Read more about presidential history in Don’t Know Much About the American Presidents.

Don’t Know Much About® the American Presidents (Hyperion Paperback-April 15, 2014)

 

The Oddities of the First American Election (A Ted Ed Video)

In honor of Washington’s Birthday, which is February 22 but celebrated on February 15 this year, here is a brief animated video explaining just how George Washington became the first president of the United States in 1789.

Screen Shot 2016-02-11 at 7.53.17 AM

The Oddities of the First American Election

Don't Know Much About® the American Presidents (Hyperion Paperback-April 15, 2014)

Don’t Know Much About® the American Presidents (Hyperion Paperback-April 15, 2014)

Don’t Know Much About® Abraham Lincoln’s Birthday

February 12 used to mean something special  — Abraham Lincoln’s Birthday. It was never a national holiday but it was pretty important when I was a kid and we got the day off from school in my  hometown.

The Uniform Holidays Act in 1971 changed that by creating Washington’s Birthday as a federal holiday on the third Monday in February. It is NOT officially “Presidents Day.”

But it is still a good excuse to talk about Abraham Lincoln, especially since his real birthday is on the calendar.c

“Honest Abe.” “The Railsplitter.” “The Great Emancipator.” You know some of the basics and the legends. But check out this video to learn some of things you may not know, but should, about the 16th President.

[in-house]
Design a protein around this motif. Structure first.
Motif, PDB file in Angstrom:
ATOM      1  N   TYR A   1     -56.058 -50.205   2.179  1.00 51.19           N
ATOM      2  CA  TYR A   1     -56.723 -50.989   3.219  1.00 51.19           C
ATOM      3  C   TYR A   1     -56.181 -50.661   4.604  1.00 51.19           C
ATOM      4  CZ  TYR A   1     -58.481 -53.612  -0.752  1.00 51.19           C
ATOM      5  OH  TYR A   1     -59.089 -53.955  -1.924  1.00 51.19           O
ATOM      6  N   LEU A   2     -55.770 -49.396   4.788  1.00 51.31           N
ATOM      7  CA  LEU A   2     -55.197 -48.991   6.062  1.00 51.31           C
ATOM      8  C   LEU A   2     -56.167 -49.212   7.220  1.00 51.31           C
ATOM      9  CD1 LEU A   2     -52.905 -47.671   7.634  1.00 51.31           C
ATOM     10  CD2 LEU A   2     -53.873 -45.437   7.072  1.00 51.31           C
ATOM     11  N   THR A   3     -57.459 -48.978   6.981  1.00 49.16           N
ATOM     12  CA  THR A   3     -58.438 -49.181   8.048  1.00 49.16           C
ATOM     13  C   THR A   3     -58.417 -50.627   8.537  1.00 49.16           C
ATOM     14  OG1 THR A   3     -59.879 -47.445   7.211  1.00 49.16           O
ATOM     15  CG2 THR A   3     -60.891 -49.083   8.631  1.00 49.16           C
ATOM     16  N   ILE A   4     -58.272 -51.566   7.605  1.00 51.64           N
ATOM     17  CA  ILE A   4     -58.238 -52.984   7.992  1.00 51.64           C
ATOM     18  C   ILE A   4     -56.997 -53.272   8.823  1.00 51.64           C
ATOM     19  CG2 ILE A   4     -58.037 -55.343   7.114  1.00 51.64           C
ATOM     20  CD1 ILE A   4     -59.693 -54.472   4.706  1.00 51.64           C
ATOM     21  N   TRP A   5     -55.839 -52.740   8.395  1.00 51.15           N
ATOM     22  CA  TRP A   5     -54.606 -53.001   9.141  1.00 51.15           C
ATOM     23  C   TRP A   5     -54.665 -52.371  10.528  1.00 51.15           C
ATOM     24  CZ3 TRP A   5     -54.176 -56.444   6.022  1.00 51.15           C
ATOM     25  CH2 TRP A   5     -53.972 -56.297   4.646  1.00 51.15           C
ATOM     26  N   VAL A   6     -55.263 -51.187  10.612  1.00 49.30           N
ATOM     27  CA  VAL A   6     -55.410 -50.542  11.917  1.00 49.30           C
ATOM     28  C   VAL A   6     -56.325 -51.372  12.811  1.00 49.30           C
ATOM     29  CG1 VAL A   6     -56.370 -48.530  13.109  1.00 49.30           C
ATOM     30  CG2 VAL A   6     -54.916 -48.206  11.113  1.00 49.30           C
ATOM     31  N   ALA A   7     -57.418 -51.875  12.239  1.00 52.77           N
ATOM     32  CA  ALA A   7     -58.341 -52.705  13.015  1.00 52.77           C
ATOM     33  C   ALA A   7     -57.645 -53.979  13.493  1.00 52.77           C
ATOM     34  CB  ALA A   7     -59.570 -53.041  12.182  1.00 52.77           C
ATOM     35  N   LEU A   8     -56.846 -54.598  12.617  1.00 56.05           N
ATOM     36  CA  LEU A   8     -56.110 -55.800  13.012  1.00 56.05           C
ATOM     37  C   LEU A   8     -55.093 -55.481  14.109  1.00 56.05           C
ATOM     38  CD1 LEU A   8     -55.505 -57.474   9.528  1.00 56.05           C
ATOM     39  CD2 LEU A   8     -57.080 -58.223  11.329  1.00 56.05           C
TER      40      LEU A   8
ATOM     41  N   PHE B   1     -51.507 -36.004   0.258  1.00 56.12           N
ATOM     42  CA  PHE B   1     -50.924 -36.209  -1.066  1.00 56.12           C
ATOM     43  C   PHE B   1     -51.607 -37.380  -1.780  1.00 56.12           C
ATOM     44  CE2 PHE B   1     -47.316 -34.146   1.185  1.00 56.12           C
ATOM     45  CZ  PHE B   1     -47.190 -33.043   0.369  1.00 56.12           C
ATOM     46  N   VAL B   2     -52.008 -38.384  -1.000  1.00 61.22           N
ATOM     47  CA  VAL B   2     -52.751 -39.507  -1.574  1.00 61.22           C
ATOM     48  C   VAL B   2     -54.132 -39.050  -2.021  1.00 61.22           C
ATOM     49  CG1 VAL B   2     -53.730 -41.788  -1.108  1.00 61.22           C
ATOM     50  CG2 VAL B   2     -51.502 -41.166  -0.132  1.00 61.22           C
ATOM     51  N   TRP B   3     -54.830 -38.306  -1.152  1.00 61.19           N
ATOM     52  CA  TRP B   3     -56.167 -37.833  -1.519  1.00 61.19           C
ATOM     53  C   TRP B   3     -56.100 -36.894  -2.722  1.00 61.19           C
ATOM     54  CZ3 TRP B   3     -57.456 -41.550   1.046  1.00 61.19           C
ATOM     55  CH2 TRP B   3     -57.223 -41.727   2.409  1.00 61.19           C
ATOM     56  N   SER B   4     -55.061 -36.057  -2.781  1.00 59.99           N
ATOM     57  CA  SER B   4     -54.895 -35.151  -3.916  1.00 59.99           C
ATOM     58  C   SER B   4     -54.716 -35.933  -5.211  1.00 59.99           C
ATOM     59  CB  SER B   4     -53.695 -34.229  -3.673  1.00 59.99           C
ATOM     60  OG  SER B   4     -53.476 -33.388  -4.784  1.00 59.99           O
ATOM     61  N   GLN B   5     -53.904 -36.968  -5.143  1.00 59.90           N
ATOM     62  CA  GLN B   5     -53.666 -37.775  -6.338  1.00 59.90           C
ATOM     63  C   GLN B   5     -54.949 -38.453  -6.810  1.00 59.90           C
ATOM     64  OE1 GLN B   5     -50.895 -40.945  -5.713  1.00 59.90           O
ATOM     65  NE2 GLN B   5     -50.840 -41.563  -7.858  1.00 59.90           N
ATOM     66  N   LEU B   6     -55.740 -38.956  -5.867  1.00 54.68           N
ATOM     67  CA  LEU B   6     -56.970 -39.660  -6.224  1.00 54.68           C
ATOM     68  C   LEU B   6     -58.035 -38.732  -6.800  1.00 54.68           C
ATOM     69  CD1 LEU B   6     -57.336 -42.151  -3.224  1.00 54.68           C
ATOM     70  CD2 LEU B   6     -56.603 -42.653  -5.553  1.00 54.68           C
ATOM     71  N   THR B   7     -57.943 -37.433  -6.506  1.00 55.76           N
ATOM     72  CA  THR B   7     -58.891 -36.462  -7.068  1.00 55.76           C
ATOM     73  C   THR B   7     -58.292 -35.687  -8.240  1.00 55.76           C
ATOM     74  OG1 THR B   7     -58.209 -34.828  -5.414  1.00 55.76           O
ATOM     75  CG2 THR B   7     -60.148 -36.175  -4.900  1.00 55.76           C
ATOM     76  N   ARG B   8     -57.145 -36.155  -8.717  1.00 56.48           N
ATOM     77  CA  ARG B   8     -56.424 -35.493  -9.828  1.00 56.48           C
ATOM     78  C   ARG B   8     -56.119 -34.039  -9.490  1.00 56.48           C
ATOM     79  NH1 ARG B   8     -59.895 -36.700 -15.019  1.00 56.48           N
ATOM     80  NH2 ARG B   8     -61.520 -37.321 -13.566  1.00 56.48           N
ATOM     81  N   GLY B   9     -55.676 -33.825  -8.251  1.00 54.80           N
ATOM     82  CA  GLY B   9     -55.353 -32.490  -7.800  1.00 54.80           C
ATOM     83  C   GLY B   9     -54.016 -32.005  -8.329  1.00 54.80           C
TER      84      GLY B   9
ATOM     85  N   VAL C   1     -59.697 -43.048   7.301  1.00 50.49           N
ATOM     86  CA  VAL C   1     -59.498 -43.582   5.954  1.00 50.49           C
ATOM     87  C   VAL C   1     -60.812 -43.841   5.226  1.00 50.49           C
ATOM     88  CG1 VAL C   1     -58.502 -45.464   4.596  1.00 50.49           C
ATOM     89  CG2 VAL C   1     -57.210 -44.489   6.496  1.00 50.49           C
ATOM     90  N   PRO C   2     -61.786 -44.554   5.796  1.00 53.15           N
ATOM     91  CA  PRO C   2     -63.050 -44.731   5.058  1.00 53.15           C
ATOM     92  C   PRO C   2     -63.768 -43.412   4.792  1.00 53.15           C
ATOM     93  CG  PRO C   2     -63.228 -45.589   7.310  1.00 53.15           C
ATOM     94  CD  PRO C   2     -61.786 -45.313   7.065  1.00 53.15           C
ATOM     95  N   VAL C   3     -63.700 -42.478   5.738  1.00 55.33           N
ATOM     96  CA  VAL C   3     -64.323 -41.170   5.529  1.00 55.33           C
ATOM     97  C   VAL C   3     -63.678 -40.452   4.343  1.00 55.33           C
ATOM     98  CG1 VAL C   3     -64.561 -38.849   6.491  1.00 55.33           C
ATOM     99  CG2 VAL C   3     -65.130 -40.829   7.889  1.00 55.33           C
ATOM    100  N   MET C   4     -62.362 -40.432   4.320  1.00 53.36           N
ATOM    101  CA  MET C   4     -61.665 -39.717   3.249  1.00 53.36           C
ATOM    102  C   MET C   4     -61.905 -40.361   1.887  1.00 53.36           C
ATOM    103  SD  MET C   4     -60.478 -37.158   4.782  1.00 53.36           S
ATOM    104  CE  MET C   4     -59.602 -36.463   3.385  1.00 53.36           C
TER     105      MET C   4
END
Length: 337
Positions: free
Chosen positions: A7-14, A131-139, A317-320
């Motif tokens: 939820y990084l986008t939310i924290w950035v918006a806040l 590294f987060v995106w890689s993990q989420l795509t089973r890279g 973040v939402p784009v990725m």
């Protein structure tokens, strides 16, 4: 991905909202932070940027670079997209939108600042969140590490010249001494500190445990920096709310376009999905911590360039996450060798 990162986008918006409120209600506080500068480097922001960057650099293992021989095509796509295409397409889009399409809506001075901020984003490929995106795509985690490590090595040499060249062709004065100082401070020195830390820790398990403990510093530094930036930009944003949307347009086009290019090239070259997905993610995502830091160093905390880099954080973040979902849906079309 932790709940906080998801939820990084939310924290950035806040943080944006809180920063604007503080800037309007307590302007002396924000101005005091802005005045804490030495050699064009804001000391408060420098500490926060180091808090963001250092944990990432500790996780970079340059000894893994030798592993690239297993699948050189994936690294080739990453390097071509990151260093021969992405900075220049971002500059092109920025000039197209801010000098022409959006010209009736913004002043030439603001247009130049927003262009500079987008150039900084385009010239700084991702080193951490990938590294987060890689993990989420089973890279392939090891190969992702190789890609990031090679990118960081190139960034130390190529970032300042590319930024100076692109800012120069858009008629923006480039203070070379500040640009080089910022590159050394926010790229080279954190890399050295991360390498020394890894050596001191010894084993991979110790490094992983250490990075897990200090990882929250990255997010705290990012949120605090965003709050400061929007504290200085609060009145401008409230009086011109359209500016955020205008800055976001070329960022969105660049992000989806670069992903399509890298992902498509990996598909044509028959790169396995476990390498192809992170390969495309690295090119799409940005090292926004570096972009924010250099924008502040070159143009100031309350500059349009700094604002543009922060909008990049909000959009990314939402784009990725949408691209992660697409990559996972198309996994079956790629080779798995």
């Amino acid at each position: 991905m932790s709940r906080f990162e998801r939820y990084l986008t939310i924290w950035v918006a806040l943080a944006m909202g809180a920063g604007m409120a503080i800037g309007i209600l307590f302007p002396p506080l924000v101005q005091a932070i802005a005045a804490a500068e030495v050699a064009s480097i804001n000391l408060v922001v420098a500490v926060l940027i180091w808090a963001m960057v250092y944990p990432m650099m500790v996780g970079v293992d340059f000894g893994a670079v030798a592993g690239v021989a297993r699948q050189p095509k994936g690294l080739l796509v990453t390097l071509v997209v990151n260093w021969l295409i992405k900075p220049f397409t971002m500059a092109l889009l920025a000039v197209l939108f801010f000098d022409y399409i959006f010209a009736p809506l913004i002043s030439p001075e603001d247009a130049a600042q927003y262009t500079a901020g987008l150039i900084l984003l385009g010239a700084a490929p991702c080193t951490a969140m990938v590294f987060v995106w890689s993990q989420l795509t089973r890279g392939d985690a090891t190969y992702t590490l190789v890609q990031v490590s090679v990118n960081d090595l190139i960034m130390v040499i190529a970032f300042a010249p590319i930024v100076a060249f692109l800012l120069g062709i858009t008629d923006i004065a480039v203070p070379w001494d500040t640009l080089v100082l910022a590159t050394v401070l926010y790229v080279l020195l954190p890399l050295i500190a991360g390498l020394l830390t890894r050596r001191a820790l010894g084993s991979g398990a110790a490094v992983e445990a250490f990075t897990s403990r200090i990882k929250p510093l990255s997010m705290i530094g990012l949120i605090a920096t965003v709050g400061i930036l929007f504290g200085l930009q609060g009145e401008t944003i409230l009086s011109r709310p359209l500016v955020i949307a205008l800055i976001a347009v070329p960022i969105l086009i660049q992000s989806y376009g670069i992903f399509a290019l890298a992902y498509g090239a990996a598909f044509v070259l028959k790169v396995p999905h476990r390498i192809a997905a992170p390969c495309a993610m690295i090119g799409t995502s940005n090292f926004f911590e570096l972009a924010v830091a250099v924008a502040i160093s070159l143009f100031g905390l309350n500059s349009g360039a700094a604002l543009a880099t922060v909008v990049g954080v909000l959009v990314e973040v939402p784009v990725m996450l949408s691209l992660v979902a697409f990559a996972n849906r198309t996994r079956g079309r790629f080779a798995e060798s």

Here’s a link to the Lincoln Birthplace National Park

This link is to the Emancipation Proclamation page at the National Archives.

And you can read much more about Lincoln in Don’t Know Much About the American Presidents,

Don't Know Much About® the American Presidents (Hyperion paperback-April 15, 2014)

Don’t Know Much About® the American Presidents (Hyperion paperback-April 15, 2014)

 

Don’t Know Much About History,

Don't Know Much About® History: Anniversary Edition (Harper Perennial and Random House Audio)

Don’t Know Much About® History: Anniversary Edition (Harper Perennial and Random House Audio)

Don’t Know Much About the Civil War 

 

Don't Know Much About the Civil War (Harper paperback, Random House Audio)

Don’t Know Much About the Civil War (Harper paperback, Random House Audio)

 

 

and The Hidden History of America At War.

In paperback May 2016 THE HIDDEN HISTORY OF AMERICA AT WAR: Untold Tales from Yorktown to Fallujah

In paperback May 2016 THE HIDDEN HISTORY OF AMERICA AT WAR: Untold Tales from Yorktown to Fallujah

It is NOT Presidents Day. Or President’s Day. Or Even Presidents’ Day.

So What Day Is it After All?